kconfig and kde global config files

Adam Sterling adam.sterling at gmail.com
Mon Mar 6 23:13:17 GMT 2006

On 3/4/06, Aaron J. Seigo <aseigo at kde.org> wrote:
> On Saturday 04 March 2006 03:31, Clarence Dang wrote:
> >  If one of these instances changes a config entry, the config change is
> not
> change notification really is something that would be good to add. it's a
> little out of the scope of what i was hoping to do in this revision to be
> honest, but discussion can't hurt (and maybe i get really motivated?
> kconfig
> hacking is certainly not getting me laid, however ;)

Interestingly enough, that happens to be exactly the scope of what I'm
planning on doing to KConfig.

I'm an employee of Net Integration Technologies (see open.nit.ca), and I'm
currently being paid to rewrite KConfig to use UniConf (
http://open.nit.ca/wiki/index.php?page=UniConf) in some form.

I've been watching all the KConfig discussions on this list for a little
while, and figured that this would be a good thread to jump into and plug
what I'm doing. In fact, some of the ideas mentioned so far in this thread
are exactly what I'm looking at doing.

> we could provide some sort of config daemon that all config read/write
> happens
> through. done right this requires atomic commits and transactions. that's
> quite a bit to do.

Already done in UniConf.

we could also have a daemon that simply coordinates writing: writes still
> happen locally, but are notified of to a central process which then
> notifies
> the appropriate registered apps.

or we could have kconfig itself emit dcop^Hdbus signals saying "i've written
> to this app". wouldn't take care of the "two apps writing simultaneously"
> issue.

Notifications are already handled by UniConf, though there are many possible
ways to make use of UniConf's notifications for KConfig.

UniConf could simply be used to pass notifications about key changes, or it
could be directly checked (instead of a QMap) to get information about

A seperate daemon could be used to sync info from the uniconf daemon to ini
files if that's desired, or the current method of applications using KConfig
to write the file directly (or through a UniConf generator instead) could

Because of the persistent daemon, UniConf even allows you to exchange a
little bit extra of memory usage for significantly decreased load time and
increased performance (after loading from ini files on first initialization,
the UniConfd can permanently store the keys in a table in memory).

For example, you could permanently store all the info from the ini files
after they are first loaded by a KConfig, and perform all the sync and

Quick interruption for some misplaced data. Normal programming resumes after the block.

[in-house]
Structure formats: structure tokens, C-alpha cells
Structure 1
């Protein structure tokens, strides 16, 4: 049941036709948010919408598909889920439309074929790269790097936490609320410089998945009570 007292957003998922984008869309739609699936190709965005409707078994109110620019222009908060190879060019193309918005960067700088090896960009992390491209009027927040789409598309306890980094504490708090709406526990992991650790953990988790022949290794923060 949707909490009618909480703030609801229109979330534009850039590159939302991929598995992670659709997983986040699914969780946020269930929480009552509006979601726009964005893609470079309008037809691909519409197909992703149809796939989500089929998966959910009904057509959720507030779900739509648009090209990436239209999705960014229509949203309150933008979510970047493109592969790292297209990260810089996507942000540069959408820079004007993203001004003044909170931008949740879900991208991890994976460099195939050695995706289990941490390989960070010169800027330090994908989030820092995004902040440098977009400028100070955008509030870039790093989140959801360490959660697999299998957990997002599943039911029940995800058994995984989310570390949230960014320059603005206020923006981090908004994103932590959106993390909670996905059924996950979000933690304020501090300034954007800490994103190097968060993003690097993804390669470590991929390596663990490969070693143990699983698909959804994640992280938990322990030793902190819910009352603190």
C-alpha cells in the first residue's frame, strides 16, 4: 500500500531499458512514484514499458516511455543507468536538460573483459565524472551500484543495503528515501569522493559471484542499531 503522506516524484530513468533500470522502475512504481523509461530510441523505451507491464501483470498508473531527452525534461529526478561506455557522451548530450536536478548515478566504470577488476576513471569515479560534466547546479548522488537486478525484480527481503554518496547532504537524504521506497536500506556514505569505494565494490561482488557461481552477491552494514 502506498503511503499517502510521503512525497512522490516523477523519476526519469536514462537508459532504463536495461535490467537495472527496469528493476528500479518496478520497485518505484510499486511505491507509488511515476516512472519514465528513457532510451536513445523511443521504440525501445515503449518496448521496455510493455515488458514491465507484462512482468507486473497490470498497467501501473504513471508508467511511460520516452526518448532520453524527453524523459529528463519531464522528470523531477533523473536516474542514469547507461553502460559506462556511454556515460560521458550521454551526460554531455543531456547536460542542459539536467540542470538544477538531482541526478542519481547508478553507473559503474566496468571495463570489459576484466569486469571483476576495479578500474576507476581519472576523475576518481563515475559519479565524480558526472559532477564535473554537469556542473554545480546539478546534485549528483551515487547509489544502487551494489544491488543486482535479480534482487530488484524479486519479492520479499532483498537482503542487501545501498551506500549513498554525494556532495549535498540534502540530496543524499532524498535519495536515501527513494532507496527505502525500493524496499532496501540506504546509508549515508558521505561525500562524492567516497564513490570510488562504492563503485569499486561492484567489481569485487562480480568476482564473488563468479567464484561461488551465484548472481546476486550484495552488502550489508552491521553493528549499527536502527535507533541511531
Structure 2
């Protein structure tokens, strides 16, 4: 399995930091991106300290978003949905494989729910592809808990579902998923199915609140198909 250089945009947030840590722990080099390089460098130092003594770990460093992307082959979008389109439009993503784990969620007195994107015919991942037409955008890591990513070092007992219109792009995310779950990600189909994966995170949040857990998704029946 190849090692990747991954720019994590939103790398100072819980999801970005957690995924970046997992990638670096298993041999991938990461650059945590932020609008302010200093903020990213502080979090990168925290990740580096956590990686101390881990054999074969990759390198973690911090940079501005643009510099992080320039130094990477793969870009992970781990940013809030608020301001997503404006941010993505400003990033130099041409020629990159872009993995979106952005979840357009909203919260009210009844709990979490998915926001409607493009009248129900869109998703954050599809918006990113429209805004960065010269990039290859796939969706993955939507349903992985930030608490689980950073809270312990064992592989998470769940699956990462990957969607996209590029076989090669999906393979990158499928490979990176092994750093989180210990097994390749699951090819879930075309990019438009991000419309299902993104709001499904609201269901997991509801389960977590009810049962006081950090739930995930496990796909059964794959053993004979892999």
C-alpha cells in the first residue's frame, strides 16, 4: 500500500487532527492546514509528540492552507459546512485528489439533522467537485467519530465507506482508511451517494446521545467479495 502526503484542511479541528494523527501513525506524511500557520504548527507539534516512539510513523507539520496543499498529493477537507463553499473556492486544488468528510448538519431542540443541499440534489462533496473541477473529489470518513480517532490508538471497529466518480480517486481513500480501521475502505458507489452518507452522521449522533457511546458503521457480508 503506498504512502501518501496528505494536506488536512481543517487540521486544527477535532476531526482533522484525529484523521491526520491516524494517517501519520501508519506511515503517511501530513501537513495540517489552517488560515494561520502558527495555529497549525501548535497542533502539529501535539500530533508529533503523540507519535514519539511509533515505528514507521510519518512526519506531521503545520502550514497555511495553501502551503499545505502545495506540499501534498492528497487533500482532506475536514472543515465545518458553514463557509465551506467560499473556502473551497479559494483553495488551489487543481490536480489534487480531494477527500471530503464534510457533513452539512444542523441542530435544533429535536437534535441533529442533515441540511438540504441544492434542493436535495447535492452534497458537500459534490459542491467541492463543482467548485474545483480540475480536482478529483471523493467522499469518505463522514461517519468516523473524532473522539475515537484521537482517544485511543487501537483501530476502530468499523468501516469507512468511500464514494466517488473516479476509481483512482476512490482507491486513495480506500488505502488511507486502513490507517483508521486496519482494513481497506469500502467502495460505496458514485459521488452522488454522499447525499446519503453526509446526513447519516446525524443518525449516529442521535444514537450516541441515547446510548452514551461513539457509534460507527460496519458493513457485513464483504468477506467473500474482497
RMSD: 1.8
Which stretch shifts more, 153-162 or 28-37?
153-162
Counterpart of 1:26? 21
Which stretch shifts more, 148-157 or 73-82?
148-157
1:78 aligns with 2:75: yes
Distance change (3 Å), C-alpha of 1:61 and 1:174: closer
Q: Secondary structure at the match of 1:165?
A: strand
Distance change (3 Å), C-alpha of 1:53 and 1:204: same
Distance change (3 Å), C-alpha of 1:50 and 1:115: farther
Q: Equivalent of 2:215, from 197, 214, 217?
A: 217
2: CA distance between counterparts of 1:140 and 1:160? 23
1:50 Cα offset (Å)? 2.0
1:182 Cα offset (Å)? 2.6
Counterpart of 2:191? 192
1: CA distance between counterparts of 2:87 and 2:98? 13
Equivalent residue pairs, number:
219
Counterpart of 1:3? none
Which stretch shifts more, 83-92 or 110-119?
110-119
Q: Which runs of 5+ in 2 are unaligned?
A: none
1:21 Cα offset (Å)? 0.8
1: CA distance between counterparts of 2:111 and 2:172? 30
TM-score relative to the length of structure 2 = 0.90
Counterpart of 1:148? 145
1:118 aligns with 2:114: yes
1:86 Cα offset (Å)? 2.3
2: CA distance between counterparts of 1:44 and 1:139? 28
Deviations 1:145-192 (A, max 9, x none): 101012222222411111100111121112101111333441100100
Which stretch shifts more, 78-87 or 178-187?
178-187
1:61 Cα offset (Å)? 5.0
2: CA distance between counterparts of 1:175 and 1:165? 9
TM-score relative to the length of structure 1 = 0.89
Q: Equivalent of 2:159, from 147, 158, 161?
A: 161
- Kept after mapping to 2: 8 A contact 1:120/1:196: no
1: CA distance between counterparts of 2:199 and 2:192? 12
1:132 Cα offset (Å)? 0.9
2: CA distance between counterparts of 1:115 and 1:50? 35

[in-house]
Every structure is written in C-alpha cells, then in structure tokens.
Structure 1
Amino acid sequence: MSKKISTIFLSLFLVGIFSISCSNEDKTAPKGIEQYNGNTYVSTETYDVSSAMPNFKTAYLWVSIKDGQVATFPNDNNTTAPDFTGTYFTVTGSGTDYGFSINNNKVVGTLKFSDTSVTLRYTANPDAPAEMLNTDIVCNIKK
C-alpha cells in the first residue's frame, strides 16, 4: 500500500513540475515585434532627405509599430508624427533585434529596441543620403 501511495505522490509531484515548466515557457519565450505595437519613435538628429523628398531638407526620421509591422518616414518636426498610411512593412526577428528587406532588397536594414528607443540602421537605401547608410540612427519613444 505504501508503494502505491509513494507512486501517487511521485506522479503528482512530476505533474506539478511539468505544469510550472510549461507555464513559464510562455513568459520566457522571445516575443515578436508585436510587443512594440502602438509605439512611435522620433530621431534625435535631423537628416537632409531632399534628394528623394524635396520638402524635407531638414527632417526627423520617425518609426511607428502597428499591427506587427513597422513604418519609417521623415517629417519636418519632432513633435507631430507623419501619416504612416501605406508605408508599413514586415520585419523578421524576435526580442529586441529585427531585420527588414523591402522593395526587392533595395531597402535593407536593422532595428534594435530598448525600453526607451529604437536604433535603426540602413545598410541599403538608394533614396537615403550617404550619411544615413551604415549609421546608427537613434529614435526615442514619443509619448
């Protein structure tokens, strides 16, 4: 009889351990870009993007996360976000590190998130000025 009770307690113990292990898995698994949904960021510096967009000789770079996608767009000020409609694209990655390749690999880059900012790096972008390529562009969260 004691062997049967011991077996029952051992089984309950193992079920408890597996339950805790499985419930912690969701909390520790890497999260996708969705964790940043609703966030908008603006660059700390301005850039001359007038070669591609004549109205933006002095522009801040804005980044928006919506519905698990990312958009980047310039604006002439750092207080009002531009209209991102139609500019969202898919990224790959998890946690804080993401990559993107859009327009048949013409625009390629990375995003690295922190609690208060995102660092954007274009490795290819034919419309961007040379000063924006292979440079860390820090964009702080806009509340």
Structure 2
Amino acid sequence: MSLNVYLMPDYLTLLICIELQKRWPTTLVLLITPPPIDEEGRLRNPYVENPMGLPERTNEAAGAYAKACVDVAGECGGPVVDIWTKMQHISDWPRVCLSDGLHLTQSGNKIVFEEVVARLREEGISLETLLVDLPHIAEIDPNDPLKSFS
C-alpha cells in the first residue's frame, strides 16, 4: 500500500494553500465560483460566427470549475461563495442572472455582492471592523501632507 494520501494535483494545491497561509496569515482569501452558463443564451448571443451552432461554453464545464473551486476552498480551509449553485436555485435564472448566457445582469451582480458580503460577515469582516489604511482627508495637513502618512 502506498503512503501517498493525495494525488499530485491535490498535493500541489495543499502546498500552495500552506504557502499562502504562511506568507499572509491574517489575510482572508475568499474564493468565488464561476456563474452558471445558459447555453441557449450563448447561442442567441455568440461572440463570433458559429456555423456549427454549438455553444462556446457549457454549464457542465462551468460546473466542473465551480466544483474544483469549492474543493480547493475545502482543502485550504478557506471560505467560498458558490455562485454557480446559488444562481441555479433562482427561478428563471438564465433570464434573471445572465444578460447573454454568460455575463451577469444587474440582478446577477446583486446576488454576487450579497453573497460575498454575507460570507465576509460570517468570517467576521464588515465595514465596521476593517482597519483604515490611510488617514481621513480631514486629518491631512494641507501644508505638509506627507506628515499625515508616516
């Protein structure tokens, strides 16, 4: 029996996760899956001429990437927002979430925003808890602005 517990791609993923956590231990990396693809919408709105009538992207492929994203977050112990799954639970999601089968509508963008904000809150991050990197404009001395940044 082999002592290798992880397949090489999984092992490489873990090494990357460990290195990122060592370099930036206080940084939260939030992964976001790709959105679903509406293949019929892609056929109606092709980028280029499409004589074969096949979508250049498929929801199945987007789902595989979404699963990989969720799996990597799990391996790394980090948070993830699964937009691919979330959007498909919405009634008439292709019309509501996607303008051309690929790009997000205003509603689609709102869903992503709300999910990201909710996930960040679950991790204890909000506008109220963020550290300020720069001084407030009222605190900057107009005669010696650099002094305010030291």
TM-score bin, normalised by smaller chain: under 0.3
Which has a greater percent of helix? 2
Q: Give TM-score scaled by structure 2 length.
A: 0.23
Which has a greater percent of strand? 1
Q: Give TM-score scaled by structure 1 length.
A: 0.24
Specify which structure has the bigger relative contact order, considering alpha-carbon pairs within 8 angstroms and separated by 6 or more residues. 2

reparseConfigs in a seperate thread. Then, all  future operations on a
KConfig object (including the construction) will be ridiculously fast
(though you'd have give up the guarentee that the ini files will always look
the same as the KConfig's local QMap after calling sync()).

we can't really go the "cheap" route and simply watch the file(s) for
> changes
> in this case because config files will no longer be guaranteed to be
> single
> text files in kde4 (multiple backends). so while this might work ok for
> configs, it would probably work poorly with LDB. it would also suck
> because
> it would require reparsing the whole file rather than just updating the
> sections that changed... *shrug*

Well, if you really want to do it like that, UniConf could still help by
acting as an interface between a file watcher thread and the KConfig
objects. Most of the hard work is already done to make that possible.

Anyways, right now my only design requirement is that I use UniConf (It's
why I'm getting paid to do this :) ) to improve KConfig.

The example's I've mentioned so far are just some of the possible ways that
UniConf could be used in KConfig.

At this point, I'm wide open to suggestions on everything from features
(notifications, a centralized daemon, synchronization between KConfig
objects in multiple application instances, etc), to API details (how you'd
like to an app to add notifications or callbacks), to interesting "what if"
experiments that'd you'd like to see performed (like benchmarks on a KConfig
that uses a persistent, memory-resident backend, or a KConfig that leaves
the INI file IO to a seperate daemon).

Essentially, my job is to do whatever it takes to convince you guys that
UniConf is the future of KConfig.

If you don't believe it is, I'd love to hear why :), but I think the best
way to convince you will be to show you how much KConfig-based applications
can benefit, maybe even with no changes to the applications themselves.
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